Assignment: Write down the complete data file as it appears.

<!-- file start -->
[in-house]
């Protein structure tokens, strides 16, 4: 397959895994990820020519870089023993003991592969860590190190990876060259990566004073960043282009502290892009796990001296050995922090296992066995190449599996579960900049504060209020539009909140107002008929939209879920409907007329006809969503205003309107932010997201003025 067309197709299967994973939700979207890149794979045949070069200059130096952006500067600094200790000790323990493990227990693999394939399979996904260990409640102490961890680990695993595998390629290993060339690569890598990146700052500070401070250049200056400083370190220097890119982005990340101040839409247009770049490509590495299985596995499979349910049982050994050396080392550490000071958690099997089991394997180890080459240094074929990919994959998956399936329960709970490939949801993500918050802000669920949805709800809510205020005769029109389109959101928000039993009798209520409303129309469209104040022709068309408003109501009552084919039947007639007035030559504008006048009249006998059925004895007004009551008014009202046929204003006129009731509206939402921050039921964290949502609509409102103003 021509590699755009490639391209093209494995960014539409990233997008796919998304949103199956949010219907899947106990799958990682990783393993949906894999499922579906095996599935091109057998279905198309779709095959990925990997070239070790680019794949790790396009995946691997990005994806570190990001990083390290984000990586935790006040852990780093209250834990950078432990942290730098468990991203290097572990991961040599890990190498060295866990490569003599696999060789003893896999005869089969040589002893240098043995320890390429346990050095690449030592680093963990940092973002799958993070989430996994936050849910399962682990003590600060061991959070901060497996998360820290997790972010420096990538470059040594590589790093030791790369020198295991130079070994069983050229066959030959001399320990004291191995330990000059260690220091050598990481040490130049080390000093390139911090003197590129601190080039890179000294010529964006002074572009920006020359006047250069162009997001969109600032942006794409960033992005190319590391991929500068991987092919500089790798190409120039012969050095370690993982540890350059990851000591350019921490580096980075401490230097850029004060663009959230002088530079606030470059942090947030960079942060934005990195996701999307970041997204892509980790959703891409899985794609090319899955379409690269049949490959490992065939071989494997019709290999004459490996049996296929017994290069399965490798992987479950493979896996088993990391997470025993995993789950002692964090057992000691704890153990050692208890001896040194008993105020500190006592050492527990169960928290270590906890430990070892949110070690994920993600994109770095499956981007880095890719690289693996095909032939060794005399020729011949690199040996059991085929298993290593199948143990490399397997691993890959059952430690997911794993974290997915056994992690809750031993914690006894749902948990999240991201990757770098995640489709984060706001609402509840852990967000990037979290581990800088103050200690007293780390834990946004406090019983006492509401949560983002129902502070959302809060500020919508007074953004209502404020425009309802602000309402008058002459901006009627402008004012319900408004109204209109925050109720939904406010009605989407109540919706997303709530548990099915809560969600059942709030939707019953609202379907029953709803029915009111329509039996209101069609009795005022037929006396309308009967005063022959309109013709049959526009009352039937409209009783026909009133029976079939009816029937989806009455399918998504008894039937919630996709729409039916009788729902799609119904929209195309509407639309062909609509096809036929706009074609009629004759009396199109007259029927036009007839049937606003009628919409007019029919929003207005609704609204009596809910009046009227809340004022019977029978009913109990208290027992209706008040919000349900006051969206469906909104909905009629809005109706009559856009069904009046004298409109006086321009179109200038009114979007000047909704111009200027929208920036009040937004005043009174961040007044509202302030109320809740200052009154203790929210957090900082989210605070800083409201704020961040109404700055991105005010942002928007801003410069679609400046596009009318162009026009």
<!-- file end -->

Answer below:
[in-house]
């Protein structure tokens, strides 16, 4: 397959895994990820020519870089023993003991592969860590190190990876060259990566004073960043282009502290892009796990001296050995922090296992066995190449599996579960900049504060209020539009909140107002008929939209879920409907007329006809969503205003309107932010997201003025 067309197709299967994973939700979207890149794979045949070069200059130096952006500067600094200790000790323990493990227990693999394939399979996904260990409640102490961890680990695993595998390629290993060339690569890598990146700052500070401070250049200056400083370190220097890119982005990340101040839409247009770049490509590495299985596995499979349910049982050994050396080392550490000071958690099997089991394997180890080459240094074929990919994959998956399936329960709970490939949801993500918050802000669920949805709800809510205020005769029109389109959101928000039993009798209520409303129309469209104040022709068309408003109501009552084919039947007639007035030559504008006048009249006998059925004895007004009551008014009202046929204003006129009731509206939402921050039921964290949502609509409102103003 021509590699755009490639391209093209494995960014539409990233997008796919998304949103199956949010219907899947106990799958990682990783393993949906894999499922579906095996599935091109057998279905198309779709095959990925990997070239070790680019794949790790396009995946691997990005994806570190990001990083390290984000990586935790006040852990780093209250834990950078432990942290730098468990991203290097572990991961040599890990190498060295866990490569003599696999060789003893896999005869089969040589002893240098043995320890390429346990050095690449030592680093963990940092973002799958993070989430996994936050849910399962682990003590600060061991959070901060497996998360820290997790972010420096990538470059040594590589790093030791790369020198295991130079070994069983050229066959030959001399320990004291191995330990000059260690220091050598990481040490130049080390000093390139911090003197590129601190080039890179000294010529964006002074572009920006020359006047250069162009997001969109600032942006794409960033992005190319590391991929500068991987092919500089790798190409120039012969050095370690993982540890350059990851000591350019921490580096980075401490230097850029004060663009959230002088530079606030470059942090947030960079942060934005990195996701999307970041997204892509980790959703891409899985794609090319899955379409690269049949490959490992065939071989494997019709290999004459490996049996296929017994290069399965490798992987479950493979896996088993990391997470025993995993789950002692964090057992000691704890153990050692208890001896040194008993105020500190006592050492527990169960928290270590906890430990070892949110070690994920993600994109770095499956981007880095890719690289693996095909032939060794005399020729011949690199040996059991085929298993290593199948143990490399397997691993890959059952430690997911794993974290997915056994992690809750031993914690006894749902948990999240991201990757770098995640489709984060706001609402509840852990967000990037979290581990800088103050200690007293780390834990946004406090019983006492509401949560983002129902502070959302809060500020919508007074953004209502404020425009309802602000309402008058002459901006009627402008004012319900408004109204209109925050109720939904406010009605989407109540919706997303709530548990099915809560969600059942709030939707019953609202379907029953709803029915009111329509039996209101069609009795005022037929006396309308009967005063022959309109013709049959526009009352039937409209009783026909009133029976079939009816029937989806009455399918998504008894039937919630996709729409039916009788729902799609119904929209195309509407639309062909609509096809036929706009074609009629004759009396199109007259029927036009007839049937606003009628919409007019029919929003207005609704609204009596809910009046009227809340004022019977029978009913109990208290027992209706008040919000349900006051969206469906909104909905009629809005109706009559856009069904009046004298409109006086321009179109200038009114979007000047909704111009200027929208920036009040937004005043009174961040007044509202302030109320809740200052009154203790929210957090900082989210605070800083409201704020961040109404700055991105005010942002928007801003410069679609400046596009009318162009026009």